Billie Eilish's "WHEN WE ALL FALL ASLEEP, WHERE DO WE GO?" : A Powerful, Inventive Collection of Chilling & Thrilling Music
American singer Billie Eilish and her brother, Finneas O’Connor, have come together to create their debut album WHEN WE ALL FALL ASLEEP, WHERE DO WE GO? released on March 29th. From deep ghostly bass-heavy rhythms, down to intricate instrumentals, this album achieves a new level of creativity that artists spend their entire careers working towards.
The songs “you should see me in a crown” and “when’s the party’s over” were released as album singles, then “bury a friend” was also released as a single when the album became available for pre-order in January. The album’s fourth single was “wish you were gay,” and the final single was “bad guy,” released soon after the album on March 29.
Finneas O’Connor and Billie Eilish open the album with “!!!!!!!” a 13 second audio clip of Billie slurping out her invisalign and introducing the album, followed by a goofy outburst of laughter from the two siblings.
“Bad guy” throws listeners into a playful bass rhythm, a flush transition from the introduction and into the album. Billie’s sleek voice devliers lyrics intimately low, and after a beat change, into a whisper.
Billie addresses recreational drug use in the third track, “xanny.” Her voice sounds vulnerable and tender. Vocals are layered over one another, and her voice becomes distorted, altering between the left and right speaker singing “don’t give me a xanny now or ever,” almost like her own inner monologue. Her delicate voice hums an outro for the track, and repeats “come down, hurting, learning” echoing the end of the second verse where she sings, “morning as they come down, their pretty heads are hurting, they’re awfully bad at learning.”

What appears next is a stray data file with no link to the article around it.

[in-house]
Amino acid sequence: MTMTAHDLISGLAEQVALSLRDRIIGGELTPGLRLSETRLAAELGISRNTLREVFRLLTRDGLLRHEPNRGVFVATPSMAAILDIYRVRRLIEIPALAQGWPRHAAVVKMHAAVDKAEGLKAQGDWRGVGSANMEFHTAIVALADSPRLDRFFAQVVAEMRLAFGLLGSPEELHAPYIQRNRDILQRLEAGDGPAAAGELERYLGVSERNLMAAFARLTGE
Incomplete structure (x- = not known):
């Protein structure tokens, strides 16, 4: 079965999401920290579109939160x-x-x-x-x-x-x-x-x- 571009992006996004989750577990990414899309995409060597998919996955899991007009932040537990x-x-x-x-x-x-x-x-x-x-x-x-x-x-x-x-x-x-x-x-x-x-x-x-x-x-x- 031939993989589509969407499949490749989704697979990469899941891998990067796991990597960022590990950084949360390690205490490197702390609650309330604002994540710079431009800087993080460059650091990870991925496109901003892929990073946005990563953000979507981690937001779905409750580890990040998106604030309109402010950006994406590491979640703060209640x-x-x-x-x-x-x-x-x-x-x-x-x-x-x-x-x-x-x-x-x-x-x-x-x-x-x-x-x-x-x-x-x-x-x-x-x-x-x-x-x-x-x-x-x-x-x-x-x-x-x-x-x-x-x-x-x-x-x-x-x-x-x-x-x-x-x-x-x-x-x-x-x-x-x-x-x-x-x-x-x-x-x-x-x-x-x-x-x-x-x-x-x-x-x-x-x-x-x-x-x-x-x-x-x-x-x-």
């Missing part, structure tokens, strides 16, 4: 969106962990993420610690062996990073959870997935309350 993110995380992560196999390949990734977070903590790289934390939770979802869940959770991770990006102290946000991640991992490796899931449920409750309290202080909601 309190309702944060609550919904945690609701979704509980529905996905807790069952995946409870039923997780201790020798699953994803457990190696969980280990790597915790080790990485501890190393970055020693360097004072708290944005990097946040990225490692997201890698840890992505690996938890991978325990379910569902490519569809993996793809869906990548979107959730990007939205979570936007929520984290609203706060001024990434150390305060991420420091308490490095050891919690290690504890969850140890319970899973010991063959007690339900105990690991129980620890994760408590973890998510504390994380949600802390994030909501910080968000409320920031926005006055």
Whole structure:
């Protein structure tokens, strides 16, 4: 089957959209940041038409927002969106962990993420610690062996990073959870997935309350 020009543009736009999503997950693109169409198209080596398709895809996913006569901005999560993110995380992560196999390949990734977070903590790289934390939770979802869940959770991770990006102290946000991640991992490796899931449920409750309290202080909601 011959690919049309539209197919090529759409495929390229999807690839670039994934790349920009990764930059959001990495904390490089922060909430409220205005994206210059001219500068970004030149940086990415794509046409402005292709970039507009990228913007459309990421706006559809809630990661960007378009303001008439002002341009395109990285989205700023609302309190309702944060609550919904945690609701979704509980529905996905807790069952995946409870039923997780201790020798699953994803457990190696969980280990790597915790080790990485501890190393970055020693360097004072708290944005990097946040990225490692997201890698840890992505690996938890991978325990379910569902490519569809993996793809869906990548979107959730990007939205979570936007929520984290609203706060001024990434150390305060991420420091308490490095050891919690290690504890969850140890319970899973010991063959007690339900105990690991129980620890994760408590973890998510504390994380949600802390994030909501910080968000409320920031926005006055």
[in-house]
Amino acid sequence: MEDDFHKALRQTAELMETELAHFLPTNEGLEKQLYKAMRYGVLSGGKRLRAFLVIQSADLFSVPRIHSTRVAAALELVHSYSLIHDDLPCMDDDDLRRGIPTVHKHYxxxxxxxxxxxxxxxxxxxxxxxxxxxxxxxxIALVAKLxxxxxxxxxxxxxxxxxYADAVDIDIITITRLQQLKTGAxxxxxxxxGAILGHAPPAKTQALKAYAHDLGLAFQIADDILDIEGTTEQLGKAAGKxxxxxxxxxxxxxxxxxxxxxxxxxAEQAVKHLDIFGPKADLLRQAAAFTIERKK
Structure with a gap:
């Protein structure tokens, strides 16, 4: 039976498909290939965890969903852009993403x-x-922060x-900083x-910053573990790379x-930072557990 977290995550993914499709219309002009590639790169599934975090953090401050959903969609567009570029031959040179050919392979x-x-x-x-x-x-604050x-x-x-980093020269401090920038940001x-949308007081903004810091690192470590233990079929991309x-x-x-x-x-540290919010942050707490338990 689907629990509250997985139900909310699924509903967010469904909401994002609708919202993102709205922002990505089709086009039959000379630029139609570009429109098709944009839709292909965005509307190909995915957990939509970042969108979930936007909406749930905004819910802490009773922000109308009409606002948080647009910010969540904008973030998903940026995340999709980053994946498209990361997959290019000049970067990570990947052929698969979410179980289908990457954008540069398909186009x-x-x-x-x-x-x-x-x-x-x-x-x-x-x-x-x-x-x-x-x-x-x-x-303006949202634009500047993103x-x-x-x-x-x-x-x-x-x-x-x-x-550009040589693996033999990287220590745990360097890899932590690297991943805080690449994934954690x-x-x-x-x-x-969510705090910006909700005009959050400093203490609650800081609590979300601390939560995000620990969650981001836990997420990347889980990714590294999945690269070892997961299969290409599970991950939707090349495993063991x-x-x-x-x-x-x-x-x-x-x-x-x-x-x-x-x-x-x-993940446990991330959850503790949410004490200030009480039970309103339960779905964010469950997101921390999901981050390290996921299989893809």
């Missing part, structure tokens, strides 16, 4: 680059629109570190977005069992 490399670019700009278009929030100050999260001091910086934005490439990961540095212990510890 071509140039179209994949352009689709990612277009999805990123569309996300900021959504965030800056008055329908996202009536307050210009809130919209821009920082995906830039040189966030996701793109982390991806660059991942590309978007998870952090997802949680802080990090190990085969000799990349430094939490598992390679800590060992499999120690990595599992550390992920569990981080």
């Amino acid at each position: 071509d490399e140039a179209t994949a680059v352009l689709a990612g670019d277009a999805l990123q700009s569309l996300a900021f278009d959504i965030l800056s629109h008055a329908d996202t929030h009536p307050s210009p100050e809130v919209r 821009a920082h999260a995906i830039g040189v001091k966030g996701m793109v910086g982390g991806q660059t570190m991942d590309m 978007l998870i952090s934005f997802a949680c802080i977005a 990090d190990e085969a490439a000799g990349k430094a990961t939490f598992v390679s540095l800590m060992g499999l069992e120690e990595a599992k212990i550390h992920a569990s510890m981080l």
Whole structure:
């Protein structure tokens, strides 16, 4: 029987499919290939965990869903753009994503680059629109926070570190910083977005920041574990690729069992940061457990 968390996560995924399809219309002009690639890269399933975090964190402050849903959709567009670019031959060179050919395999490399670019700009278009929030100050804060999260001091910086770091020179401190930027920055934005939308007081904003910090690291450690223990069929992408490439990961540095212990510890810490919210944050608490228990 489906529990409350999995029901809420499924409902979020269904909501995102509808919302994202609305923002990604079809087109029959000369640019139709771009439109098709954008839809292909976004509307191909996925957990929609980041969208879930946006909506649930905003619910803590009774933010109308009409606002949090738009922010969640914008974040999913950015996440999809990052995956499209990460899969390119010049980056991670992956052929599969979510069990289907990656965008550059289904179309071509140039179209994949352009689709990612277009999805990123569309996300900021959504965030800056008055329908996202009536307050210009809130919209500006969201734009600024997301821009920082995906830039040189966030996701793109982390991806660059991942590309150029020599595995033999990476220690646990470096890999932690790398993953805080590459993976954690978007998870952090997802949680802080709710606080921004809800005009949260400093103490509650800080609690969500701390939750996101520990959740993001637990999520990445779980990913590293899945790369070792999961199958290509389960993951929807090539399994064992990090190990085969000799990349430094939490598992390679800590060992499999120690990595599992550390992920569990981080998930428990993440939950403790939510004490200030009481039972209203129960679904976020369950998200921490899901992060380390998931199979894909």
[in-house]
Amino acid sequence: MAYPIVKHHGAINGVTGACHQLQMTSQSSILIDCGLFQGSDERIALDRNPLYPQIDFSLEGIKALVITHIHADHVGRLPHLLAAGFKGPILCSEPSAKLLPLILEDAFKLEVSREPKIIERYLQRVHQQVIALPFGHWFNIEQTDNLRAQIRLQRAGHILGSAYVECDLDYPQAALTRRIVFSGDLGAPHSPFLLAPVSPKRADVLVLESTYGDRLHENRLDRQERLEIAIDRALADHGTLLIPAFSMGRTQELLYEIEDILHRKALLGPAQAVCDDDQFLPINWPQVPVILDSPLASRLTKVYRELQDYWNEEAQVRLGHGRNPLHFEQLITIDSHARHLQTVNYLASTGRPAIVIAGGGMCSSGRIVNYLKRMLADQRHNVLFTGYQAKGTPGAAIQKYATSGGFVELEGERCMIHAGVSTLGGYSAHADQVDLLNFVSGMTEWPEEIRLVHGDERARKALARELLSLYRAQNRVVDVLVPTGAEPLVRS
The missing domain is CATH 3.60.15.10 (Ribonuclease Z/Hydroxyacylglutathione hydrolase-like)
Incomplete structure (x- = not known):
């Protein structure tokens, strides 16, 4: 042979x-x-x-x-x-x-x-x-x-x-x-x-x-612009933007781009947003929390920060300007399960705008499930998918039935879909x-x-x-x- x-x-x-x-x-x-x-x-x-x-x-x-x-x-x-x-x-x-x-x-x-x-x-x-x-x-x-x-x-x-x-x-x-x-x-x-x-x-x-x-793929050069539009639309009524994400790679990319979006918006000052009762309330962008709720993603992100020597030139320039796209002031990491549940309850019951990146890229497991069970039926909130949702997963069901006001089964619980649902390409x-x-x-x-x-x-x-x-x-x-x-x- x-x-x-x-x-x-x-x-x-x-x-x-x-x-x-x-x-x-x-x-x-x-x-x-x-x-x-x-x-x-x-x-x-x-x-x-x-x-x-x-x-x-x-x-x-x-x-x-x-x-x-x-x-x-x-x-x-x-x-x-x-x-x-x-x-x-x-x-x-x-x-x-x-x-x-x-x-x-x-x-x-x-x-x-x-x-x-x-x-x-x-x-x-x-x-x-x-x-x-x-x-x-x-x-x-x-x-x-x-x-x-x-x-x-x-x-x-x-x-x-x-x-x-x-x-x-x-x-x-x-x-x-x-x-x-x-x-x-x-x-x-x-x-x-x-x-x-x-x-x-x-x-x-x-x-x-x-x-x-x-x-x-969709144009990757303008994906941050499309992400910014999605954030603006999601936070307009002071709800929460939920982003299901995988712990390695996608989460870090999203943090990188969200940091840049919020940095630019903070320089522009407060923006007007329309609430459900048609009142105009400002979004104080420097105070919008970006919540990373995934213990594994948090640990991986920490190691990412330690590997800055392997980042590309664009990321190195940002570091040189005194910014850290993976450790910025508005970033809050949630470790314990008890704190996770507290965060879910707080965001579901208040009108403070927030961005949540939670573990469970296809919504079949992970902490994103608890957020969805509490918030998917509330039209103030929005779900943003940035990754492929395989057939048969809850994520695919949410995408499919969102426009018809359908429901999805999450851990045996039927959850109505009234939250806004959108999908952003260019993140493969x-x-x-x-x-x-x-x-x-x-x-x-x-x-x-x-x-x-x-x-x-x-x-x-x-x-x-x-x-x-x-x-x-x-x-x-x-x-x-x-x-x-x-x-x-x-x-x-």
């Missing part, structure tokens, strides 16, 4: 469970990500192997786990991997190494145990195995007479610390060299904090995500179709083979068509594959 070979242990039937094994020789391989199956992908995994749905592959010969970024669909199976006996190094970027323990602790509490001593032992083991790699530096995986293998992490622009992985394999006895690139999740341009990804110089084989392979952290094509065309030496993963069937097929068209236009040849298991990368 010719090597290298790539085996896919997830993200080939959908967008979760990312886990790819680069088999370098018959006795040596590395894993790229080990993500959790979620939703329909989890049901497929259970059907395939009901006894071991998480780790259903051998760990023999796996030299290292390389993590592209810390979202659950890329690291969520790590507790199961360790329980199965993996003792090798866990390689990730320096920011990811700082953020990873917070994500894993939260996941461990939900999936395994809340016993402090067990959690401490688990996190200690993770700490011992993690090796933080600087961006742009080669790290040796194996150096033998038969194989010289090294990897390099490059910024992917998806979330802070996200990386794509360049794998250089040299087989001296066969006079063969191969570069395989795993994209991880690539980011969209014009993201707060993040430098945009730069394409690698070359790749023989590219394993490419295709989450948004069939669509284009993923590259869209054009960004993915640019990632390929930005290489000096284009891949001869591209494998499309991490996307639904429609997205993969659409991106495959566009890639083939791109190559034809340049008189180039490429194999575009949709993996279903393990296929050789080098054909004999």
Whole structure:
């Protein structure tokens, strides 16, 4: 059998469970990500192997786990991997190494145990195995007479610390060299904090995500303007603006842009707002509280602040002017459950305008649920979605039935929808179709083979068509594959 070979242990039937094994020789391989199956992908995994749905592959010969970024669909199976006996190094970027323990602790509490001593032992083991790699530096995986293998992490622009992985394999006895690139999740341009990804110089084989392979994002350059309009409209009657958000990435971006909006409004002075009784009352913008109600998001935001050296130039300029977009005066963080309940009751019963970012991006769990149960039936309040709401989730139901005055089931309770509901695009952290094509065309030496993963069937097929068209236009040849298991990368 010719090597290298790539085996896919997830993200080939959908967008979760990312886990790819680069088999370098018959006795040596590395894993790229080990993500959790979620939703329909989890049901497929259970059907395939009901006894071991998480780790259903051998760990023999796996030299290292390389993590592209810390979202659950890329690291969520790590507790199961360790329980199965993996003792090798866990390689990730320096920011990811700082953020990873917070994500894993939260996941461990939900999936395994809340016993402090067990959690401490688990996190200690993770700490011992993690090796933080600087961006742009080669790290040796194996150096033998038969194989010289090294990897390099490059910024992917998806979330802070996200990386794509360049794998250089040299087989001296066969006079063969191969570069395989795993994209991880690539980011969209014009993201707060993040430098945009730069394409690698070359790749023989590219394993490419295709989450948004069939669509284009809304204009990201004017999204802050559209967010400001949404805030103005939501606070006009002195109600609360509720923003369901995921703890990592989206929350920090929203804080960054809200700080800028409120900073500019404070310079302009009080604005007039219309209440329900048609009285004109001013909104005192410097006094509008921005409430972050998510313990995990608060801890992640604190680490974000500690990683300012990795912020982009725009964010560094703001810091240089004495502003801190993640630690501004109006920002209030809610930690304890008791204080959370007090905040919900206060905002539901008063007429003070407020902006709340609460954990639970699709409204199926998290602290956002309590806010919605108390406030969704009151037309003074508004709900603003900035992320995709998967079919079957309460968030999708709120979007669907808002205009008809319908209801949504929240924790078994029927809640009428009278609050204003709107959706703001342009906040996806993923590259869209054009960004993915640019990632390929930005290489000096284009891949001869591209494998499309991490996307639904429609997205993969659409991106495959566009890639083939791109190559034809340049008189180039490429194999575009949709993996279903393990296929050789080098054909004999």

The fourth track, “all the good girls go to hell,” opens with quiet church bells, before Billie’s silky voice comes in with the refrain, “my Lucifer is lonely.” The American artist references Christianity through Saint Peter and warps the symbolism by using female pronouns when she sings about God, “once the water starts the rise, and heaven’s out of sight, she’ll want the devil on her team.” The chorus is followed by the opening refrain, accompanied by a synthesized keyboard, creating a sound like an organ to create a haunted mansion vibe. With an upbeat rhythm underneath Billie’s tender voice, these siblings successfully create a naughty tone in “all the good girls go to hell.”
Billie confirmed that “wish u were gay” is about a romantic interest who didn’t have reciprocating feelings, leading her to wish there was an alternative reason, as she expressed in the song: “to give your lack of interest an explanation, don’t say i’m not your type just say i’m not your preferred sexual orientation.” This track is probably the most poetic of the entire album, using word play to count down, playing with a “12-step” program she suggests needing to process her hurt from this person in singing “is there a 12-step just for you?” Using “ate” in replacement of the number 8, “i ate alone at seven, you were six minutes away.” She does a similar thing in the opening verse, counting down from 6 through “six words you never understood,” “five words you’ll never say,” “four days has never felt so long…” and so on. An applause follows her last word, before becoming muffled, transitioning the album to the down tempo tune of the next track, “when the party’s over.”